Another outstanding benefit? We dare you to attempt a few laps without perspiring and becoming out of breath; it’s a good workout. “It’s like doing intervals without doing intervals,” Porter claims that this makes it much more enjoyable.

What Are the Pump Track Types?

Different kinds of materials are used to make pump tracks.


Dirt was used to carve the first Pump tracks. Because all that is required to build a pump track with this method is a shovel, some space, and labor, it is still the most popular and cost-effective way to do so. The disadvantage of dirt pump tracks is that they need more frequent upkeep because the elements and use will quickly erode and change the design.


Composite fiberglass, a type of pump track material with a high level of resilience, performs best under adverse weather and heavy use. The most popular type of modular pump track we provide is fiberglass, which only needs minor maintenance after a few years.

The various user groups’ varying preferences can be catered to by combining different pump track material types into hybrid facilities.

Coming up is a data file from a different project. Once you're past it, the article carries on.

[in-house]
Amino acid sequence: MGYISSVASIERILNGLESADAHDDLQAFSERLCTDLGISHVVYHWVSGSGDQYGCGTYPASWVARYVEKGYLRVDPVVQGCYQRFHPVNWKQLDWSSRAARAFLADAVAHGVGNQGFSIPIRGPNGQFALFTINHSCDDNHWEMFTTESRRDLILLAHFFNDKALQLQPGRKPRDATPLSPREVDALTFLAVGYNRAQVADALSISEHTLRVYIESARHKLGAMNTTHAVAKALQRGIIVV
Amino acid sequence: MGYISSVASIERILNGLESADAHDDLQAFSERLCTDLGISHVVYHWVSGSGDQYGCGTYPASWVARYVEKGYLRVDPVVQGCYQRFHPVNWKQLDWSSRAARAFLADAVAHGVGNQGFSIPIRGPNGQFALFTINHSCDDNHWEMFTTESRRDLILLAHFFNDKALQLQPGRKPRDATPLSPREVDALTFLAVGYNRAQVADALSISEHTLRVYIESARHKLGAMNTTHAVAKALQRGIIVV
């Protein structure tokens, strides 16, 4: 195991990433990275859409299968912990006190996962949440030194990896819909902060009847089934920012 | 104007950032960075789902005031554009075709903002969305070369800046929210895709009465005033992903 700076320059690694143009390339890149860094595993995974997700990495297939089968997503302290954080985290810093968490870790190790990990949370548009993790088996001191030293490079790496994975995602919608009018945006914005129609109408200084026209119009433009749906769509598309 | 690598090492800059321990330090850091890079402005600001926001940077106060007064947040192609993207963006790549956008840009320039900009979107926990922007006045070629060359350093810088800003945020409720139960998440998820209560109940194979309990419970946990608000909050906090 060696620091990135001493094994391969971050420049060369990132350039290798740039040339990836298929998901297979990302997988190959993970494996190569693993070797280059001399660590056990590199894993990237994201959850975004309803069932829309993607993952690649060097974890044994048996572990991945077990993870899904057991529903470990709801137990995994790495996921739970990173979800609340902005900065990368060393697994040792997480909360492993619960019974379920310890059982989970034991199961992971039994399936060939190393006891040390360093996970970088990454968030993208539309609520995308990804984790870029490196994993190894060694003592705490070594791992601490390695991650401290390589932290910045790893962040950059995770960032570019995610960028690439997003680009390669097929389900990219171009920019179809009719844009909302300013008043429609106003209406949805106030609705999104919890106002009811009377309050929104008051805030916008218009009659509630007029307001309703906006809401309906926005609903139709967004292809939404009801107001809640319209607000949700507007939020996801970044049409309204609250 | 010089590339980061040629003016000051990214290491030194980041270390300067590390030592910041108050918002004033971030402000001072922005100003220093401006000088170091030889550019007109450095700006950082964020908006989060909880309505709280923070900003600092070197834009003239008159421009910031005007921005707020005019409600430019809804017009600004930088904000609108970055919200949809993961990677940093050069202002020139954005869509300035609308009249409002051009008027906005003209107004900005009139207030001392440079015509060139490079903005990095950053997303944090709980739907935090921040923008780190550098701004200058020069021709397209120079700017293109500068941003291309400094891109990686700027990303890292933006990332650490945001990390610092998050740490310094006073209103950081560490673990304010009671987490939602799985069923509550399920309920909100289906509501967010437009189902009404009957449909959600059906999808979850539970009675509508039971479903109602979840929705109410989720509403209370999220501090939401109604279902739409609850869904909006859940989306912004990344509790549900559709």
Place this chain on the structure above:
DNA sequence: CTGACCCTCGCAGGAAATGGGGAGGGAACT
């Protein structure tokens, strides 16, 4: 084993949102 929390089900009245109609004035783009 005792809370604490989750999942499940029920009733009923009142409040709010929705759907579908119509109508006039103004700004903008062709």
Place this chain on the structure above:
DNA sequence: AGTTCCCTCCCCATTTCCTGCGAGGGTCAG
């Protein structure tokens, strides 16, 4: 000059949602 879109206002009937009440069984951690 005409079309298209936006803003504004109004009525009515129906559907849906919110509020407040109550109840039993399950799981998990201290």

what is a pump track


Concrete, a material of higher quality, is also used to make pump tracks. A pump track made of concrete needs more planning and money, but it requires less upkeep. This could be installed above ground or built into the surroundings.


Although it is possible to build a pump track out of wood, this is not a very popular choice because of how quickly slick wood surfaces can get when exposed to rain and other weather-related elements. At the bike park in Finale Ligure, founder Erik built the first track out of wood.


In order to build a pump track that blends into the landscape, asphalt is frequently used as the building material. The finished product creates a dedicated pump track that is permanent and low maintenance. The relatively higher cost of the material in combination with the need for planning and approval is the biggest barrier for prospects. Accidents on an asphalt track might be more abrasive than those on other surfaces.

What You Need to Ride a Pump Track

The Bike

Whatever you’re riding, make sure to slam the seat all the way down so it doesn’t restrict your ability to maneuver the bike. Inflate your tires high to roll quickly, but no higher than the maximum psi advised for your particular tires. For better performance and acceleration on a full-suspension bike, lock out the rear suspension (if possible). Porter, however, advises keeping your suspension open if you want a more authentic trail feel.

The Gear